Bridging the Gap: pinpointing the problem

Wen Spencer, one of my favourite authors, has long advocated for writers to join a writers’ group*. I’m coming to really appreciate this advice, as I find that I’m getting a lot out of the local critique group I belong to. I just wish we met more frequently (as in having a the second monthly meeting that’s more of a writerly chat than critique).

I was thinking about this because I’m finding the group has really made me think about the story I’ve been submitting (we submit a chapter or less each month). There’s the basic level of ‘grammar/tense/spelling’, but I’m also finding myself examining things like story structure, plot arc a lot more deeply.

This isn’t always a happy thing, lol. The story I’ve been submitting is mostly unwritten (no surprise), but I never could quite put my finger on why. Examining it for the purpose of sharing with the group put it under the microscope, and now I know the problem; I’m missing a section.

I’d written the beginning, glossed over the next bit, and built a fairly strong plot line. I realize now that the glossed over bit is the problem. The future plot stuff? It’s the middle to end of the story. The glossed over bit, which in my head was little more than a bridging chapter, has to be more than that. It has to be the section where the characters are established, clues are mentioned, and the worldbuilding is done. In other words, that ‘bridging chapter’ needed to be the first half of the novel.

I’ve been trying to jump from the opening scene to the middle of the story. No wonder it wasn’t getting written; my inner critic was keeping me from making a huge mistake.

So yay, now I know what I need to be working on. Now I just have to actually figure out what will get me from point A to point C.

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* Many writers advocate this, but Wen’s the one who mentioned this recently on her Patreon, so I’m going with her.

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I survived!

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So the second critique meeting went well, and I didn’t run screaming from the room. Yay, me!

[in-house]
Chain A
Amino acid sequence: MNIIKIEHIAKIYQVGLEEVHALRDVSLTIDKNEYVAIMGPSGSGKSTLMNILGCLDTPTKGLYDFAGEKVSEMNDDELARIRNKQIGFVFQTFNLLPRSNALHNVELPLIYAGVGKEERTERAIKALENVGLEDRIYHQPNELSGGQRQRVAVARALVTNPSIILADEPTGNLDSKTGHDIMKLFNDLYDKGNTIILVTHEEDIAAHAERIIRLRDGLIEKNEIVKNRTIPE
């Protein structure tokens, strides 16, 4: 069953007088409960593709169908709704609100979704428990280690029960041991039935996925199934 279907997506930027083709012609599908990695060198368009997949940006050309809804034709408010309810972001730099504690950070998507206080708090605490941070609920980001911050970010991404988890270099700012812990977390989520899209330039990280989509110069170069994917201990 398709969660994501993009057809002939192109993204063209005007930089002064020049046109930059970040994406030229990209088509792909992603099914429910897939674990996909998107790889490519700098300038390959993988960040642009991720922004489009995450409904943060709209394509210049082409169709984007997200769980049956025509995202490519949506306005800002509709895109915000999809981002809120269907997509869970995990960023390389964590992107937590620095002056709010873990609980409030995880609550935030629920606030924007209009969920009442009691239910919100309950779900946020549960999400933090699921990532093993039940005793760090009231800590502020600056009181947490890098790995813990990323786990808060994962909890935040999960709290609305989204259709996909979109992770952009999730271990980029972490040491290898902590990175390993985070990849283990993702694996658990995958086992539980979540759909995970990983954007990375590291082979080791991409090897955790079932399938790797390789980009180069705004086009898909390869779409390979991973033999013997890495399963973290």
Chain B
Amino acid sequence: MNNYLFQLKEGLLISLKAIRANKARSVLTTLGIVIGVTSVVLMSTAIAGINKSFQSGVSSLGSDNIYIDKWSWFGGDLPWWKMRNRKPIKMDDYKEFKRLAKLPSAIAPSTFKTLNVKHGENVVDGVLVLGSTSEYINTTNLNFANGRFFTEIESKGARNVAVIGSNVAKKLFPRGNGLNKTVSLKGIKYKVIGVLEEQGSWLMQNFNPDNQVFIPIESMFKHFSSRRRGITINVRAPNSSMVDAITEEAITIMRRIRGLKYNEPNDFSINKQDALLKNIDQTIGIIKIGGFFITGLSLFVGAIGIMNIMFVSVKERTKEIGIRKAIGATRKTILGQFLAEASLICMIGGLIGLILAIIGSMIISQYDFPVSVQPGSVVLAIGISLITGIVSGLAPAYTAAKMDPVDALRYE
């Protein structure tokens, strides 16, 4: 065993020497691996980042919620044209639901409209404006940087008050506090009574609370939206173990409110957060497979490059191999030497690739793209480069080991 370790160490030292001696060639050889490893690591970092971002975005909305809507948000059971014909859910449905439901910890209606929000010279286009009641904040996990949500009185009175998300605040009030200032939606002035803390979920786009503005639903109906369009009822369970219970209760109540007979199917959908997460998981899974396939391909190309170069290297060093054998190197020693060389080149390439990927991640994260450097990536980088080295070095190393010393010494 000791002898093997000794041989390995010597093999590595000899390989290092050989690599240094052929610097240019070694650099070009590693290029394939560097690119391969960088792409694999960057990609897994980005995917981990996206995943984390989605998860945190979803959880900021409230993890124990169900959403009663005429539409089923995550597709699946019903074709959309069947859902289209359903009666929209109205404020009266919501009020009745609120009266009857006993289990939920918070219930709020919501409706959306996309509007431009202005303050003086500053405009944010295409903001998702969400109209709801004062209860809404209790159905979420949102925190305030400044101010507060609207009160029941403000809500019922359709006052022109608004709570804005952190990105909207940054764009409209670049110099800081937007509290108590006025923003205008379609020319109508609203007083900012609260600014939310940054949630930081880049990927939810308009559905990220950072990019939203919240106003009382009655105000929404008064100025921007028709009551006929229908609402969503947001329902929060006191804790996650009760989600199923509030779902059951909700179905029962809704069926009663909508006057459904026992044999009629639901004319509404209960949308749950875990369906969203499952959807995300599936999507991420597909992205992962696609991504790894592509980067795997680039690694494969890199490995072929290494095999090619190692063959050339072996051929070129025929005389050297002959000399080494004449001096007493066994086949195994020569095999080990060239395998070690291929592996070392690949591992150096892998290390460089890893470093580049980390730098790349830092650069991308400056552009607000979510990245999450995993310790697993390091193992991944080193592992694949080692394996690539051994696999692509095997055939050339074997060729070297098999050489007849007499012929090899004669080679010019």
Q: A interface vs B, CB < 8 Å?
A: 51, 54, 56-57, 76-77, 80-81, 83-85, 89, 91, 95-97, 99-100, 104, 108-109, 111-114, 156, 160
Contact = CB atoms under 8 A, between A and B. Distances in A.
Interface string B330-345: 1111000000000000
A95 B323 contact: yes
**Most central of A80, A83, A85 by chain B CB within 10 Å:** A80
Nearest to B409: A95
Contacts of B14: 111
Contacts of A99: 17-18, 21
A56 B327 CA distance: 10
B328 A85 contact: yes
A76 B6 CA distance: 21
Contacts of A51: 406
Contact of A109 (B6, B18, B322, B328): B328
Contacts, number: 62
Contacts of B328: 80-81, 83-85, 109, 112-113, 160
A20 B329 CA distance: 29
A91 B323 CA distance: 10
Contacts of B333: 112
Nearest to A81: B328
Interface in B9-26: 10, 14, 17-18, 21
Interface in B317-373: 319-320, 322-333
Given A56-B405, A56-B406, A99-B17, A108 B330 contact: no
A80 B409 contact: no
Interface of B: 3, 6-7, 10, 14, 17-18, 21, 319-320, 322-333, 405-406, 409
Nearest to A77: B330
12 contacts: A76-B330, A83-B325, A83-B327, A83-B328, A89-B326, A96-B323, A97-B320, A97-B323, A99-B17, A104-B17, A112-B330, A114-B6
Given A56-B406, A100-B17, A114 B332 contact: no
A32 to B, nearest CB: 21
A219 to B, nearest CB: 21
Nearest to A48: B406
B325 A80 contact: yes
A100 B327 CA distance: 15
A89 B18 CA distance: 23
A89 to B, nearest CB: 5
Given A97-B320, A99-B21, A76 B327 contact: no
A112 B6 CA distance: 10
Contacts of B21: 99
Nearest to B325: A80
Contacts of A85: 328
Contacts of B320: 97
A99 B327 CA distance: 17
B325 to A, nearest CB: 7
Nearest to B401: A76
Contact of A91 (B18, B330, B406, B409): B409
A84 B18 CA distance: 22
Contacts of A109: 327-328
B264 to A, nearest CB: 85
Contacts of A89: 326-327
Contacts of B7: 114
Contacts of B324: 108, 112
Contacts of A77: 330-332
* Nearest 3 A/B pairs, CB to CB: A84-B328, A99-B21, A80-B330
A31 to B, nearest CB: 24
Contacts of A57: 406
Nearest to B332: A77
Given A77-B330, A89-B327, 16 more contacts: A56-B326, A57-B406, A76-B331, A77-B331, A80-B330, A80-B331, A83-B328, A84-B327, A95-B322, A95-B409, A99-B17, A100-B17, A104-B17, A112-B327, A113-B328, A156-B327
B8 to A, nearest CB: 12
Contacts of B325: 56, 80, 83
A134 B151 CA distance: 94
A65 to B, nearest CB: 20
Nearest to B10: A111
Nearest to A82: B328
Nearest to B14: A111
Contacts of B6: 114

I admit, when I realized my printer was messed up and couldn’t print up all the stories the others had submitted, I was tempted to just not go. But I set my anxiety on mute and went.

And it was great. We definitely did end up chatting way too much, but fortunately we still had time to go through everyone’s submission and talk about what we did and didn’t like. I even managed to keep my mouth shut on a submission by a writer I’m growing to really dislike; I honestly don’t know how much of my criticism was due to the writer being an annoying prat and how much was due to the work itself, so I kept myself from going overboard.

I also found that I really enjoyed reading and critiquing (or beta reading, maybe). I was worried about making too many notes, but another critiquer (I know, it’s not a word) was even more verbose than I was and I really liked their input, so I’ll go for broke next time.

Best of all, we now have the option of submitting longer pieces every second month. I’m soo into that; I really did cherry pick one of my better scenes for the first submission, so this will give me more time to a) clean up the next scene and b) write more of the story. I’ve got maybe 10% of it written, so we’ll see how it goes. Otherwise I’ll have to bring in something else. Of which I have lots, so that’s not a problem.

Yay for critique!

Sharing stories

I know, I’ve been awfully quiet. Partly because nano was draining, but also because of nervous tension; I turn into a hermit when I get anxious, lol.

The local nano group has morphed into a local critique group. That means we’ll get together once a month, and critique each other’s work, all done in a positive, meaningful way.

The first meeting happened earlier this month. I was nervous, as we went from a regular group of 5 nano’ers to 8 people who want to read each others stuff. Three strangers, five people I expect to see regularly during nano, reading my stuff? Scary.

We spent the meeting discussing how the system was going to work; emailing out our pieces a few weeks ahead of time, privately sharing the actual critiques, then at the next meeting, we’ll each have 15 minutes to discuss them.

It was amazingly difficult to pick out something to send. Because we didn’t want to overwhelm each other with reading, we limited the selections to 1000-1500 words. Lol, most of my scenes are 2 or 3 times that! Trying to find something that was short yet also cohesive was… interesting.

Finally I picked a piece. And then I read it and reread it obsessively, trying to tweak it into shape. I’ve never done editing before, and I have to say it kinda sucks. Cutting out a sentence here, rephrasing something that was too awkward, trying to find better words than ‘thingie’; these are all hard!

I finished the edit yesterday, and then sat on it for 24 hours for no particular reason. This morning I refused to think about it too hard and, taking a deep breath, sent it out to be read and critiqued. Gah.

On the plus side, I’m now looking at writing more of that story, as scenes keep building in my head. On the downside, at some point I went from writing in 3rd person to 1st person, which I didn’t notice before I sent out the piece (the piece was all 3rd, but later scenes switched to 1st person). Now I’ll have to think about fixing that too.